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Monday, May 10, 2010

2nd Monday Discussion: What (Not) to Wear

As I round the corner toward the end of my current Interim position, I'm looking toward job interviews, and I thought we might have a discussion about what to wear, and what not to wear, at interviews.

Ever since our BE 2.0 presenter, the Rev. Dr. Wil Gafney, told us about Design-her Gals, I've loved inventing cartoon versions of me, and at times like this, I wish I could shop for one of their outfits! I've created this Random RevGal to illustrate my point. I am never quite sure what to wear at those crucial moments. (I also have deep regrets about a pair of black pants I no longer possess.)

How do you dress when meeting a Search Committee? It doesn't matter what you wear to a phone interview, but how do you handle Skype? Do you wear a suit? Dress the way you would on a Sunday morning? If you wear a collar, what outfit built around it makes you feel most confident, fully vested in your pastoral authority?

I hope you'll join the conversation in the comments! My apologies that it comes so late in the day.


  1. Songbird, I have NO idea what to suggest so I'm waiting for great answers from revgals!

  2. I did a skype interview for my new position. I just wore a nice top. The big thing with video is checking your "set" and your lighting!

  3. Hoping I don't have to do a skype anytime soon. ugh.'
    Cats get upset when I pay more attention to the computer than them
    As far as in person interviews, I usually go with a nice pants suit and shell or top.
    But, here, we tend to have week-end interviews and so you have to come up with several.
    Really hate it when someone on the committee tells me,"It is okay to jsut go casual."
    What is casual?

  4. Heya im fresh to this. I stumbled upon this message board I have found It quite helpful & it has helped me out loads. I hope to contribute & assist other people like it has helped me.

    Thanks, Catch You Around

  5. I haven't Skyped an interview yet, so I don't know about that. My guess is that I would wear (at least on top) what I would wear in person, though.

    In person, it SORT OF depends on the day they have planned. Most of my interviews have been day long affairs with no chance to go home or back to a hotel to change based on the event. For that reason I tend not to wear a full suit, and definitely not skirt in which I am particularly uncomfortable because of the hose.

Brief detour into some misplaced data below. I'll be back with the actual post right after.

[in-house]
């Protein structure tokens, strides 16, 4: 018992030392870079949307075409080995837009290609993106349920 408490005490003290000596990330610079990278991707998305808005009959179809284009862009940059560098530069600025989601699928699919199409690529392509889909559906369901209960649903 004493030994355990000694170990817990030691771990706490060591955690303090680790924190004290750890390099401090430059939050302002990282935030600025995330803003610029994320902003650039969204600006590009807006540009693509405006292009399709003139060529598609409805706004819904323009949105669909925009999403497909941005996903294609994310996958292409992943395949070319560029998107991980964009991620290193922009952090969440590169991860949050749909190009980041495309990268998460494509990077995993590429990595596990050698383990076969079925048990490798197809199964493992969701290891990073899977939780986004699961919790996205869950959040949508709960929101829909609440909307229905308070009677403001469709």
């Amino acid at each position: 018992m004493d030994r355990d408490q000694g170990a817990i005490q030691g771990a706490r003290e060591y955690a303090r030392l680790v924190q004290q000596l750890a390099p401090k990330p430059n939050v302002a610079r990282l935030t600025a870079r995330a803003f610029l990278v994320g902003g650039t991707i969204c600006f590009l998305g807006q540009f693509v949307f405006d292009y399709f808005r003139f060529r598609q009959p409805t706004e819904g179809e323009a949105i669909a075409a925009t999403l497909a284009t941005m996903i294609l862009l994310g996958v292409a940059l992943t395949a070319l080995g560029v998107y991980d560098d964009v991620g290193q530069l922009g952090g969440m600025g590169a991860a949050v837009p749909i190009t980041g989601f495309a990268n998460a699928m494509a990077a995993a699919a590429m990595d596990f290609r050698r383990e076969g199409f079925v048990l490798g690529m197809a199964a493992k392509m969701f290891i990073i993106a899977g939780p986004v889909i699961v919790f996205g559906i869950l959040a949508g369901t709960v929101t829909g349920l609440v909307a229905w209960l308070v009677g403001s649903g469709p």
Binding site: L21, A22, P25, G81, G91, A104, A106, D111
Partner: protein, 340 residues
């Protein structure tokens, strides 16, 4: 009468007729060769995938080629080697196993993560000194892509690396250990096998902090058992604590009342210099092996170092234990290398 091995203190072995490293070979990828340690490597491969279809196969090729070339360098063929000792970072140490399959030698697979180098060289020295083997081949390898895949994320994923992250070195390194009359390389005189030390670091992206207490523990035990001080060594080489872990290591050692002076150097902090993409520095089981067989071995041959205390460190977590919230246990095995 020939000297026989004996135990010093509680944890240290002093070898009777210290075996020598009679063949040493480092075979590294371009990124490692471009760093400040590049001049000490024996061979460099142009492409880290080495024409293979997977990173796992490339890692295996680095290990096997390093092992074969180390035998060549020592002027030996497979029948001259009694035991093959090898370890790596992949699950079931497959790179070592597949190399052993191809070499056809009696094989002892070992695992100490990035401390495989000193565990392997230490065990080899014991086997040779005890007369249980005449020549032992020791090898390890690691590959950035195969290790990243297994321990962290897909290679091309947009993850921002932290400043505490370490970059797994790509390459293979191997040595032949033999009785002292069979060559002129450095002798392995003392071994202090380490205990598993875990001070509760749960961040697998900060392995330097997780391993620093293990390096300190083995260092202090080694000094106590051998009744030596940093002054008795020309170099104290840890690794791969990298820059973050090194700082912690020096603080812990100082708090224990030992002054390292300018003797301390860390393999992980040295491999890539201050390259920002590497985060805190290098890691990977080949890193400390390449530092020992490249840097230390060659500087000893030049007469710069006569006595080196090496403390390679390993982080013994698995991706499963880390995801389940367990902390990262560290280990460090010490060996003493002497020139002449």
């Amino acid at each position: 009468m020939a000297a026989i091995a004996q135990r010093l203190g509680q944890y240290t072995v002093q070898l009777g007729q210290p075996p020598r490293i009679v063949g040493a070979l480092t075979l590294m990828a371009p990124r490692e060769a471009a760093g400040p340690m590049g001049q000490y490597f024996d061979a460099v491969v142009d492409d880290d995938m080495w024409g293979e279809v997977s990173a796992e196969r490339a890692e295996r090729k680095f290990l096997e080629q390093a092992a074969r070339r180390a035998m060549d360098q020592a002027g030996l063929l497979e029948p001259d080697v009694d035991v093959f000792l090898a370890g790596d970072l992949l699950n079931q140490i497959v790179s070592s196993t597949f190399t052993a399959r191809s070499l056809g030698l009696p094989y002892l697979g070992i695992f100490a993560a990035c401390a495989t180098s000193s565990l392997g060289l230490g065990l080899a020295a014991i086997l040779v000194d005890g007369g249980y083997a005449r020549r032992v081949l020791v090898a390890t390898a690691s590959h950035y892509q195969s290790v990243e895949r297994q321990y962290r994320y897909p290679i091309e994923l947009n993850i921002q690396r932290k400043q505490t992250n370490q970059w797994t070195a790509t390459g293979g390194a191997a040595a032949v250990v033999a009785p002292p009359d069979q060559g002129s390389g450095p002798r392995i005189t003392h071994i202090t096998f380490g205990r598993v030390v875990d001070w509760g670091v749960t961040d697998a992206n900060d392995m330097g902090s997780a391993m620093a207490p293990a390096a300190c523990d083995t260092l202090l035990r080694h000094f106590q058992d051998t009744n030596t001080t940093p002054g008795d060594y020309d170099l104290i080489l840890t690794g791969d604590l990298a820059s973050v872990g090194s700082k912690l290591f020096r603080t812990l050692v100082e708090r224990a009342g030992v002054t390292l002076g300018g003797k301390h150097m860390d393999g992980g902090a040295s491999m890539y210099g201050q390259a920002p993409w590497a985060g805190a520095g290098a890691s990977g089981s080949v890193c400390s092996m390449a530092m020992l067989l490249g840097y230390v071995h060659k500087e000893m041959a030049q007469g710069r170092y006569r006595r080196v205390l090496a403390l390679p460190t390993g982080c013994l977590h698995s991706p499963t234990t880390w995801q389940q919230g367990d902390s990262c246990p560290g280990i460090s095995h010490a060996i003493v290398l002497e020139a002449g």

I wear pants and a seasonably appropriate work-friendly top - twin set, nice blouse. I work real hard to make sure nothing in my wardrobe has to be tucked in. I hate tucking things in and feel very self-conscious in things that are tucked in. The last think I want to be in an interview is self-conscious. I want my clothes to be off my mind, but still professional looking. I tend to dress a little more "up" than some of my colleagues for work and for interviews because I'm on the younger side of ministers (or at least I have been when I've interviewed!). I want to make sure I'm taken seriously as a professional and not looked at as an age with no experience, wisdom, etc.

    Even with the "go casual" instruction I'll keep it to this sort of uniform. I'm not going to wear jeans (even really dark ones) to an interview. I might avoid black pants if they say "casual" since those feel more formal to me. Gray pants or brown feel a little more dressed down for some reason.

    I won't wear, even in the winter, a full on heavy sweater. I DON'T want to be hot and risk sweating!

  6. I was *so* planning to wear whatever St. Casserole suggested ... now I'm still clueless. Good thing I don't have to do interviews, I guess.

    For real, I am short enough that in situations where I "need" authority, I wear a suit.

  7. One advantage to wearing a collar is that it's usually the right starting point for an interview! Of course, then there's all the rest...

    I haven't been in this position for quite a few years. I think I'd start by taking a look at any pictures I could find of the congregation, on a website or in a profile. If it's a one off interview--in person or on skype--I'd consider aiming for about the level of what people wear for Sunday worship unless they are really dressed to the 9's. Photos of the current or recent clergy could be helpful cues too. For an all day/weekend, I'd do something just a tad less formal for most of the day (assuming that's interviews) and judge any other events by their nature (bbq or dinner at a nice restaurant in town?).

    I figure it is better to be a bit overdressed than underdressed, as it shows respect for the people involved.